MARTIN: Which is exactly the site's creator Matt Ivester said that's what this is all about. This is just an open forum, but the name of the Web site is Juicy Campus, I mean it's clearly a gossip Web site. Is there something about it that's inviting this kind of low-level discourse?

Mr. YOUNG: You know, that's a really good point, I mean as you say on the Web site it has an official blog, and Matt Ivester, who we've been trying to interview, but he doesn't always grant those. But he on the site has been sort of saying, of course, we don't want the kind of malicious behavior that the most extreme behavior that's going on on the site and at the same time, on the Web site's postings, I mean the Web site's other parts of the site it makes clear that they, you know the things are anonymous and that this is supposed to be a site for gossip. And so there seems to be sort of double-speak there about on one hand saying this is the site that is really all about malicious gossip, and on the other hand saying oh please don't do anything that's wrong...

MARTIN: Uh-huh.

Mr. YOUNG: That's illegal or wrong.

MARTIN: And we should say we reached out to Matt and didn't hear from him, but we should read that statement on the blog. It says, quote "Keep Juicy Campus the fun place it was meant to be, please consider whether your post is entertaining or just mean and whether using a person's full name really adds value or if it would be just as juicy as a blind item, remember that words can hurt and the people you are talking about are real. Ultimately, Juicy Campus iscreated by our users and we ask that you please take this responsibility seriously." End quote. So he has definitely put it out there but the gossipy nature of the site, I mean, it's elevated to a different level, right? There was a young man who was actually arrested at Colgate, correct?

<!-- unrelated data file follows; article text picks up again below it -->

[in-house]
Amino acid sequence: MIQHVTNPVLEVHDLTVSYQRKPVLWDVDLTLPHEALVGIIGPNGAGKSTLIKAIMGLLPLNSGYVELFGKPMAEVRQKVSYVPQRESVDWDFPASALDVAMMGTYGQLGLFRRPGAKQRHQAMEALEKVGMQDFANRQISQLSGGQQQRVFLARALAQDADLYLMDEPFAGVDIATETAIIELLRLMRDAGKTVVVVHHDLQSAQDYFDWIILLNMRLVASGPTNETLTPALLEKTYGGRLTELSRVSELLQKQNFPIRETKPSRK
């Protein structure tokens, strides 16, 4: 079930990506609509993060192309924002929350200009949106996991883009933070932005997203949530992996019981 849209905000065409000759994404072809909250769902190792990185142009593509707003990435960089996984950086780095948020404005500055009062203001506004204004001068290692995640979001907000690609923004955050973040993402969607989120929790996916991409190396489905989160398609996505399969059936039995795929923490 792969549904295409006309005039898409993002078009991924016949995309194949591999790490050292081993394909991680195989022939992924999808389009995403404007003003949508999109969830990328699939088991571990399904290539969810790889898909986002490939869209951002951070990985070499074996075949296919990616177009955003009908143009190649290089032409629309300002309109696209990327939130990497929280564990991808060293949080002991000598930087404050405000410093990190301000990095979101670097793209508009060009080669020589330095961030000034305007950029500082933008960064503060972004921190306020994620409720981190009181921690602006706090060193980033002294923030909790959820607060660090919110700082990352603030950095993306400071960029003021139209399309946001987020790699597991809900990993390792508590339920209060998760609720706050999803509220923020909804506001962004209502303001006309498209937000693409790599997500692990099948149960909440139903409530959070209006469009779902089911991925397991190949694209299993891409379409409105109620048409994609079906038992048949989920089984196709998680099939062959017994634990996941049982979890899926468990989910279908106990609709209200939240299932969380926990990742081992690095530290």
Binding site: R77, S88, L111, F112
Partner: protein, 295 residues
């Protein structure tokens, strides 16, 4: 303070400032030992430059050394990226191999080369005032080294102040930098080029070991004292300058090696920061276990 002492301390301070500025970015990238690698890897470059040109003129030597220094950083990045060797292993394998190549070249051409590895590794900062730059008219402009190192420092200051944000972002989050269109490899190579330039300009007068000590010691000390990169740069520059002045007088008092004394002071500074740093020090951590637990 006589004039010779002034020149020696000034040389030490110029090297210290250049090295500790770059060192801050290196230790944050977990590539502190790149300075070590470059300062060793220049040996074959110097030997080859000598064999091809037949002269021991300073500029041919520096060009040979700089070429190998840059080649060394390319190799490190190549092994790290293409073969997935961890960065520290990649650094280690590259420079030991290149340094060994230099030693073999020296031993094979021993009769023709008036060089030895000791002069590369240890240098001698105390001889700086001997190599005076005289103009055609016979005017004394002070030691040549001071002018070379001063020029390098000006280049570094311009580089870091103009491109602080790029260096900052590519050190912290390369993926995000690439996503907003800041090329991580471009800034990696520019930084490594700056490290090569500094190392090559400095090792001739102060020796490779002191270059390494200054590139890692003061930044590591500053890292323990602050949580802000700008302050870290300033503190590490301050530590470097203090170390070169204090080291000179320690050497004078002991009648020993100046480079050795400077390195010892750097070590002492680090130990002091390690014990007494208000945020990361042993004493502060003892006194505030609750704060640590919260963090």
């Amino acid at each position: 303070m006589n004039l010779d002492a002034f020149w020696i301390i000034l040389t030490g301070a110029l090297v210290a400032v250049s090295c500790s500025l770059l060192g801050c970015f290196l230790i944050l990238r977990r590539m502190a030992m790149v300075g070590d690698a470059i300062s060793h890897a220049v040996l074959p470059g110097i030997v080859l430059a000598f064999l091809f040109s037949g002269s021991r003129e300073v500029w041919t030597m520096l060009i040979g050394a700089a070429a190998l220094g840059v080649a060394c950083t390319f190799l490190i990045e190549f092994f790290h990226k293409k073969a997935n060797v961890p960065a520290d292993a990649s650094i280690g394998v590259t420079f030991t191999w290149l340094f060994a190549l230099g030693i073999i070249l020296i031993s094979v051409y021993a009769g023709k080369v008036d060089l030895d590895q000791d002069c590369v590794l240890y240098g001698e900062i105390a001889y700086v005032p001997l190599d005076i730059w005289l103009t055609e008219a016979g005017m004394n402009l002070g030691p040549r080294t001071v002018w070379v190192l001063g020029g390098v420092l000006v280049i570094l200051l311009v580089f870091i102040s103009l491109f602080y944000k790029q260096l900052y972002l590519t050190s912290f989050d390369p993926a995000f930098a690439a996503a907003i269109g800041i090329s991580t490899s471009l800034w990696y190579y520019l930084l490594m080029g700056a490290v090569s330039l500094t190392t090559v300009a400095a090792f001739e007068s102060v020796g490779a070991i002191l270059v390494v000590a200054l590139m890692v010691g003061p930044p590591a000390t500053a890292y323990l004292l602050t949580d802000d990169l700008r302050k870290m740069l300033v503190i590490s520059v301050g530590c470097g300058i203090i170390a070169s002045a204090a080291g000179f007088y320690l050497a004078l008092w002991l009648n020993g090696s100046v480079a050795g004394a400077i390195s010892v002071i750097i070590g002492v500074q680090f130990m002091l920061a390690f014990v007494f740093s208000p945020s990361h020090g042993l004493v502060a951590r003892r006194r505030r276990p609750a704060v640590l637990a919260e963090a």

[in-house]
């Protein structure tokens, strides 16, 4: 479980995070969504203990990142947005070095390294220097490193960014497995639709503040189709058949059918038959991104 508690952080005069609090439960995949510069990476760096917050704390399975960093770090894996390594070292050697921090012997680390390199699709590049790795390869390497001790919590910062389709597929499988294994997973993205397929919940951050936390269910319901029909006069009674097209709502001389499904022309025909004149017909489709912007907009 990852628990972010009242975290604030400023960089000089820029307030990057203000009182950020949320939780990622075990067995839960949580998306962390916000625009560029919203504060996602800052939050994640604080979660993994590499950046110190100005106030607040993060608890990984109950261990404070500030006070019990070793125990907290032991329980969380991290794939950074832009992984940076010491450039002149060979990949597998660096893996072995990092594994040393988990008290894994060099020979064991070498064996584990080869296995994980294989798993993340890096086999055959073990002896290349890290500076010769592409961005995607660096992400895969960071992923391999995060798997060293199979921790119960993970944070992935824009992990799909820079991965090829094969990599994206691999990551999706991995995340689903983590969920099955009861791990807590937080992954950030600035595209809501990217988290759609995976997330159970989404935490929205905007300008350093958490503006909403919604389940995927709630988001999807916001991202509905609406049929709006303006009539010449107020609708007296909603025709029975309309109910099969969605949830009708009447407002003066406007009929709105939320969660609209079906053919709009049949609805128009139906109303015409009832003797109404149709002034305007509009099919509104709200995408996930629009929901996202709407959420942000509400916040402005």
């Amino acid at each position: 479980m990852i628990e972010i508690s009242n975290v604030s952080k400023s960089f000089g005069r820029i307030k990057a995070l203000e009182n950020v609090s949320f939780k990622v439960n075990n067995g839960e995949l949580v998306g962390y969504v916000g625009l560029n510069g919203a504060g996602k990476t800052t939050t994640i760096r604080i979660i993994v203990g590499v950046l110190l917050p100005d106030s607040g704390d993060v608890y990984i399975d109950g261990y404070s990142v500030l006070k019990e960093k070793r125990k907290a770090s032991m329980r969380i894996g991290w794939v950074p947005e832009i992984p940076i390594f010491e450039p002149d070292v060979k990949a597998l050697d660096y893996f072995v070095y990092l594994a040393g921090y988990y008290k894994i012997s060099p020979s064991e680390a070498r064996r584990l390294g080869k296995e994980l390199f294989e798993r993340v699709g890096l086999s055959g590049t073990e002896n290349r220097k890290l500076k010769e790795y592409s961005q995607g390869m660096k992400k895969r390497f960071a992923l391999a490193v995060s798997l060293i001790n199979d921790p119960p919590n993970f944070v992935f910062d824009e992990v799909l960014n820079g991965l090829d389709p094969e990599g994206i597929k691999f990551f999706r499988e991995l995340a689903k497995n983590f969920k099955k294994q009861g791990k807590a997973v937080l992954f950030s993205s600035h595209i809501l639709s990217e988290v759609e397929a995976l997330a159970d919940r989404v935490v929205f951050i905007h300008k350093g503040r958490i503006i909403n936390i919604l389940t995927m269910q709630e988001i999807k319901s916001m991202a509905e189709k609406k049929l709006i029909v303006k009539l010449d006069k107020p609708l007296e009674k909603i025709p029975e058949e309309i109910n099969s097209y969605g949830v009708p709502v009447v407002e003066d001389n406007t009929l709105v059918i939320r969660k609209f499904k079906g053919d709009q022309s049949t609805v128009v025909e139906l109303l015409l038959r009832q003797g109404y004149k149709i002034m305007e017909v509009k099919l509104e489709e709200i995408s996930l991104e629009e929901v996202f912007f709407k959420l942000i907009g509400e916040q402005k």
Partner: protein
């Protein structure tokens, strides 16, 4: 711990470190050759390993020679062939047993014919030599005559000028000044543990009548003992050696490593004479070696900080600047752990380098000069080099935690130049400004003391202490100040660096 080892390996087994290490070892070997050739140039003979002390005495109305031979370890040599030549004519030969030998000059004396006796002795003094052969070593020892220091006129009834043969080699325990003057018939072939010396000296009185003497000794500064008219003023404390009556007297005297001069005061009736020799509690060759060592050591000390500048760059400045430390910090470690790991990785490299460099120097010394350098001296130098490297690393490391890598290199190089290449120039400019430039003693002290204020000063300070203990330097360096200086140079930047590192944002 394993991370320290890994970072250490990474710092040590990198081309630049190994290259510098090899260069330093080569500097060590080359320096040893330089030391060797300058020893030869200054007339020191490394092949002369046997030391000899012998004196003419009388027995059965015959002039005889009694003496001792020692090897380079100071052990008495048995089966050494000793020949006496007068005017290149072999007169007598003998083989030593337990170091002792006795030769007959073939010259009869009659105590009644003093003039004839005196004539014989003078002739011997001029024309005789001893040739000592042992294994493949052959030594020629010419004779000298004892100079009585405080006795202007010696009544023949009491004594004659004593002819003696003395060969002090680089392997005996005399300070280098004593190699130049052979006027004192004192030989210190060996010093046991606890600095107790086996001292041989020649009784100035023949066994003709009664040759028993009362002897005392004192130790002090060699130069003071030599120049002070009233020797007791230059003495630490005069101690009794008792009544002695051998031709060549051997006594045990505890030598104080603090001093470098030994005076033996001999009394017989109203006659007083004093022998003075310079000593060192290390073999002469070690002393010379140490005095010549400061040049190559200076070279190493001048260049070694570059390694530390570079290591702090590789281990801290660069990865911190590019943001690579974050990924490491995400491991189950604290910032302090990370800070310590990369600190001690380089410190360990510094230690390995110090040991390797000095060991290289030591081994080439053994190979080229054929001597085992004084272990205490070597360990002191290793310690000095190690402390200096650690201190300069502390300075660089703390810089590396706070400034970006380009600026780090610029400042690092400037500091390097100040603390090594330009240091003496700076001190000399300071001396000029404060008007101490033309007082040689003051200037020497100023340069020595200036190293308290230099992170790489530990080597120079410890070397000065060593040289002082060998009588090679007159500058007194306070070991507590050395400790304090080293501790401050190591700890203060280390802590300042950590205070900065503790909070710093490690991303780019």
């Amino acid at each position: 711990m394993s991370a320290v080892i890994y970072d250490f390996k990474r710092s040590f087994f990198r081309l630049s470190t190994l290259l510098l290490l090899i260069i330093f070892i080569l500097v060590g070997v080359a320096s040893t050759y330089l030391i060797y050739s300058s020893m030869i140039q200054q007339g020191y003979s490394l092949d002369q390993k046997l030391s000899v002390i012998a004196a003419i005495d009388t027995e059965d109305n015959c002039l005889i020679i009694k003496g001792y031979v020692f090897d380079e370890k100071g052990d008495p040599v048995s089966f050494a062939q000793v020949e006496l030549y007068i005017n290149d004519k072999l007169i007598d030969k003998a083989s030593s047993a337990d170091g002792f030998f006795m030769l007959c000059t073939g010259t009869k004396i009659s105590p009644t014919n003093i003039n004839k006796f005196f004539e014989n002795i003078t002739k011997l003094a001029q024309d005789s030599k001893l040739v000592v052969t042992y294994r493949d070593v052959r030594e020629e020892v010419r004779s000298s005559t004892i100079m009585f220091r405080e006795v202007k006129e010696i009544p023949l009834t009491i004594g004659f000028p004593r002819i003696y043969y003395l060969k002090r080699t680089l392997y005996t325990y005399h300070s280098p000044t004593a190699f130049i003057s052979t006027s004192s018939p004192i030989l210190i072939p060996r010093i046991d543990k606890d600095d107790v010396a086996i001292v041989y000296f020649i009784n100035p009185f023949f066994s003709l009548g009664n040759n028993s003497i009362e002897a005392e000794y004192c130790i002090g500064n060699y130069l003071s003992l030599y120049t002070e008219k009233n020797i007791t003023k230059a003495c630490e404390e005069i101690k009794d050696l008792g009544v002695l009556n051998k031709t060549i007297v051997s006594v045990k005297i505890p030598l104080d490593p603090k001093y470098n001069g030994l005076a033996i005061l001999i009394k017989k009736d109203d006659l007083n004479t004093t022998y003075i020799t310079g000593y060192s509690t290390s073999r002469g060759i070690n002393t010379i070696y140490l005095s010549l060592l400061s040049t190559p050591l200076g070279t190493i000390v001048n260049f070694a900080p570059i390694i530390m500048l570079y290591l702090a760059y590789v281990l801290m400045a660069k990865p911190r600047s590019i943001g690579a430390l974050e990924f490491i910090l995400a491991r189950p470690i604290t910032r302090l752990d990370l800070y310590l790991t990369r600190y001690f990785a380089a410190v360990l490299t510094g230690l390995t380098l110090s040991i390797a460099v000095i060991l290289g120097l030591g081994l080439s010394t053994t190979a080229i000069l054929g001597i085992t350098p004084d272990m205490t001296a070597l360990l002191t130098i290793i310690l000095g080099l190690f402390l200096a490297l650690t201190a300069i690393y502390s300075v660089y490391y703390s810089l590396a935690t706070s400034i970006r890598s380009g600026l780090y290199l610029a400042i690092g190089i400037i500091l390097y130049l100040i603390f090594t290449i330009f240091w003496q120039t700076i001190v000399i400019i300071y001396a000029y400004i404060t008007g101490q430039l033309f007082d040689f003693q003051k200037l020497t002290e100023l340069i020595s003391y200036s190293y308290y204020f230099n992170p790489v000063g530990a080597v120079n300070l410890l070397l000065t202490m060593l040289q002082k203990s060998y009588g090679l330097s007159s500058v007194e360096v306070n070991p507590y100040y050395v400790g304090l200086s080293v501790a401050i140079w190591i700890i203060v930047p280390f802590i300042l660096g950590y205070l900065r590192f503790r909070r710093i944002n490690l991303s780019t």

Mr. YOUNG: That's right. That was this week, there was a student who posted, and I might have that one here. I mean, the wording of the post was - it seemed to be kind of making it a commentary or a joke about the site and he said "I wonder if I could shut down the school" this is what the student wrote on the Juicy Campus site, "I wonder if I could shut down the school by saying I'm going to shoot as many people as I can in my second class tomorrow" and it goes on, but I mean...

MARTIN: Clearly provocative.

Mr. YOUNG: Exactly, and that site was seen by a student who was actually researching the site for her student newspaper and she saw that on Monday of this week and said, at first, she did not take it as legitimate, like a serious actual threat, but she thought it was definitely not funny and it concerned her a little bit and she ended up calling the campus authorities because she thought that they should know about this kind of thing going on the Web. The local police ended up tracking the person's internet address down and arresting the student, who is a junior, and he was arrested.

MARTIN: Hey Jeff, stay with us if you can, would you mine? I've got two more questions for you.

Mr. YOUNG: Yeah, sure.